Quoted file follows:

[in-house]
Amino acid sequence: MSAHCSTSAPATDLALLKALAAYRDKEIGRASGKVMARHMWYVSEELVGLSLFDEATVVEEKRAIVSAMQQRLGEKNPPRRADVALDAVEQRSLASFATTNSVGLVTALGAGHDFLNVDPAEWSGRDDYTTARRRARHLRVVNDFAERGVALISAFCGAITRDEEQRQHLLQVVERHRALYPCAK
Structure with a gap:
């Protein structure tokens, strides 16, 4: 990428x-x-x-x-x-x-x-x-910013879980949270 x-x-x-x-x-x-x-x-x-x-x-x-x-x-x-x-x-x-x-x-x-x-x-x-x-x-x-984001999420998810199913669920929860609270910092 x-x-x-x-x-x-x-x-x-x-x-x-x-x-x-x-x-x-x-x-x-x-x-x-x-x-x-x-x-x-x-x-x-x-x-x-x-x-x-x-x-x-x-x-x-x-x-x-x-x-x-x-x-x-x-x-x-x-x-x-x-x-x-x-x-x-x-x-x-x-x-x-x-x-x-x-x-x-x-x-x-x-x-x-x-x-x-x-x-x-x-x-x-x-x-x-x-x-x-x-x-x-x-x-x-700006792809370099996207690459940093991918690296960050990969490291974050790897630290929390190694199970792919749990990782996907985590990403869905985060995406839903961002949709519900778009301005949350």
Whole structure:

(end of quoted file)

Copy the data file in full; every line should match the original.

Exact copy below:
[in-house]
Amino acid sequence: MSAHCSTSAPATDLALLKALAAYRDKEIGRASGKVMARHMWYVSEELVGLSLFDEATVVEEKRAIVSAMQQRLGEKNPPRRADVALDAVEQRSLASFATTNSVGLVTALGAGHDFLNVDPAEWSGRDDYTTARRRARHLRVVNDFAERGVALISAFCGAITRDEEQRQHLLQVVERHRALYPCAK
Structure with a gap:
């Protein structure tokens, strides 16, 4: 990428x-x-x-x-x-x-x-x-910013879980949270 x-x-x-x-x-x-x-x-x-x-x-x-x-x-x-x-x-x-x-x-x-x-x-x-x-x-x-984001999420998810199913669920929860609270910092 x-x-x-x-x-x-x-x-x-x-x-x-x-x-x-x-x-x-x-x-x-x-x-x-x-x-x-x-x-x-x-x-x-x-x-x-x-x-x-x-x-x-x-x-x-x-x-x-x-x-x-x-x-x-x-x-x-x-x-x-x-x-x-x-x-x-x-x-x-x-x-x-x-x-x-x-x-x-x-x-x-x-x-x-x-x-x-x-x-x-x-x-x-x-x-x-x-x-x-x-x-x-x-x-x-700006792809370099996207690459940093991918690296960050990969490291974050790897630290929390190694199970792919749990990782996907985590990403869905985060995406839903961002949709519900778009301005949350």
Whole structure: